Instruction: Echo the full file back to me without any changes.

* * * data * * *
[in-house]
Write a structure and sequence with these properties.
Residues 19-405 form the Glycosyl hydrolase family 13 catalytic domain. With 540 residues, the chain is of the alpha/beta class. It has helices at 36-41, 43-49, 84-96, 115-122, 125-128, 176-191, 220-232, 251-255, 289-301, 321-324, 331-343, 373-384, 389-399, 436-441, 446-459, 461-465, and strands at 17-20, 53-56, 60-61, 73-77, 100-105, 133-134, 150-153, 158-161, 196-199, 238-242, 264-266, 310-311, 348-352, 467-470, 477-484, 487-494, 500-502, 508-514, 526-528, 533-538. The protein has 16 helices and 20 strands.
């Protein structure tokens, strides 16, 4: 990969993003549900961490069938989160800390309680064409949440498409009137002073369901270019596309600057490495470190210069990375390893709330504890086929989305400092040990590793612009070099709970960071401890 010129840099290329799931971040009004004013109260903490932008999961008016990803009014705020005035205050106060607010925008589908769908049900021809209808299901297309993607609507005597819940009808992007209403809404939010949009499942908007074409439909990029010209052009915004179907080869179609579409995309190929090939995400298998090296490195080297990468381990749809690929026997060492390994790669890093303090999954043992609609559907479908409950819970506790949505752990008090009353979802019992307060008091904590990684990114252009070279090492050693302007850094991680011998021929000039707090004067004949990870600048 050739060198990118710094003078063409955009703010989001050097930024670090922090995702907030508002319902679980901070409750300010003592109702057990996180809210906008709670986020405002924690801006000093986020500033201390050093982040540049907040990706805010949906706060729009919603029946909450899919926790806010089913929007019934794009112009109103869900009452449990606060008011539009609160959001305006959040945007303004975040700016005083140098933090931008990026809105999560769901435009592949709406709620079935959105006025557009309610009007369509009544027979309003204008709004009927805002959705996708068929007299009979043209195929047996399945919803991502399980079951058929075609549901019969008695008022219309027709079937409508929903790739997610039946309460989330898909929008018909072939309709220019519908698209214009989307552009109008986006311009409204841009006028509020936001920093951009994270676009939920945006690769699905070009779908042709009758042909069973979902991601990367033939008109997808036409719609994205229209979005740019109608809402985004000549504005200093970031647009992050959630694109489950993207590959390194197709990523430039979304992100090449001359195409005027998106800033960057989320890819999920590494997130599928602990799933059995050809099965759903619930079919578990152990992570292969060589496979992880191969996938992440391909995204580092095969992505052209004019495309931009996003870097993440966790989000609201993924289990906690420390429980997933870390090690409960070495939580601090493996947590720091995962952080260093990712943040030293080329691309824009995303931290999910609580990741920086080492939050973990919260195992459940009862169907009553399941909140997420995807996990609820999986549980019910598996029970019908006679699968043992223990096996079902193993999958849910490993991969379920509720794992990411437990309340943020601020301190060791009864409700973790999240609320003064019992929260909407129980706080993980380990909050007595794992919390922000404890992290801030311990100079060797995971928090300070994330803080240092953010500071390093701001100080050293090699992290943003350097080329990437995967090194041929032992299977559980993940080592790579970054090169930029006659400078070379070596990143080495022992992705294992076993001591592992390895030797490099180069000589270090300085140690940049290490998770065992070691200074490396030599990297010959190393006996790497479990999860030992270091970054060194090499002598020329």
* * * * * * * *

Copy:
[in-house]
Write a structure and sequence with these properties.
Residues 19-405 form the Glycosyl hydrolase family 13 catalytic domain. With 540 residues, the chain is of the alpha/beta class. It has helices at 36-41, 43-49, 84-96, 115-122, 125-128, 176-191, 220-232, 251-255, 289-301, 321-324, 331-343, 373-384, 389-399, 436-441, 446-459, 461-465, and strands at 17-20, 53-56, 60-61, 73-77, 100-105, 133-134, 150-153, 158-161, 196-199, 238-242, 264-266, 310-311, 348-352, 467-470, 477-484, 487-494, 500-502, 508-514, 526-528, 533-538. The protein has 16 helices and 20 strands.
């Protein structure tokens, strides 16, 4: 990969993003549900961490069938989160800390309680064409949440498409009137002073369901270019596309600057490495470190210069990375390893709330504890086929989305400092040990590793612009070099709970960071401890 010129840099290329799931971040009004004013109260903490932008999961008016990803009014705020005035205050106060607010925008589908769908049900021809209808299901297309993607609507005597819940009808992007209403809404939010949009499942908007074409439909990029010209052009915004179907080869179609579409995309190929090939995400298998090296490195080297990468381990749809690929026997060492390994790669890093303090999954043992609609559907479908409950819970506790949505752990008090009353979802019992307060008091904590990684990114252009070279090492050693302007850094991680011998021929000039707090004067004949990870600048 050739060198990118710094003078063409955009703010989001050097930024670090922090995702907030508002319902679980901070409750300010003592109702057990996180809210906008709670986020405002924690801006000093986020500033201390050093982040540049907040990706805010949906706060729009919603029946909450899919926790806010089913929007019934794009112009109103869900009452449990606060008011539009609160959001305006959040945007303004975040700016005083140098933090931008990026809105999560769901435009592949709406709620079935959105006025557009309610009007369509009544027979309003204008709004009927805002959705996708068929007299009979043209195929047996399945919803991502399980079951058929075609549901019969008695008022219309027709079937409508929903790739997610039946309460989330898909929008018909072939309709220019519908698209214009989307552009109008986006311009409204841009006028509020936001920093951009994270676009939920945006690769699905070009779908042709009758042909069973979902991601990367033939008109997808036409719609994205229209979005740019109608809402985004000549504005200093970031647009992050959630694109489950993207590959390194197709990523430039979304992100090449001359195409005027998106800033960057989320890819999920590494997130599928602990799933059995050809099965759903619930079919578990152990992570292969060589496979992880191969996938992440391909995204580092095969992505052209004019495309931009996003870097993440966790989000609201993924289990906690420390429980997933870390090690409960070495939580601090493996947590720091995962952080260093990712943040030293080329691309824009995303931290999910609580990741920086080492939050973990919260195992459940009862169907009553399941909140997420995807996990609820999986549980019910598996029970019908006679699968043992223990096996079902193993999958849910490993991969379920509720794992990411437990309340943020601020301190060791009864409700973790999240609320003064019992929260909407129980706080993980380990909050007595794992919390922000404890992290801030311990100079060797995971928090300070994330803080240092953010500071390093701001100080050293090699992290943003350097080329990437995967090194041929032992299977559980993940080592790579970054090169930029006659400078070379070596990143080495022992992705294992076993001591592992390895030797490099180069000589270090300085140690940049290490998770065992070691200074490396030599990297010959190393006996790497479990999860030992270091970054060194090499002598020329």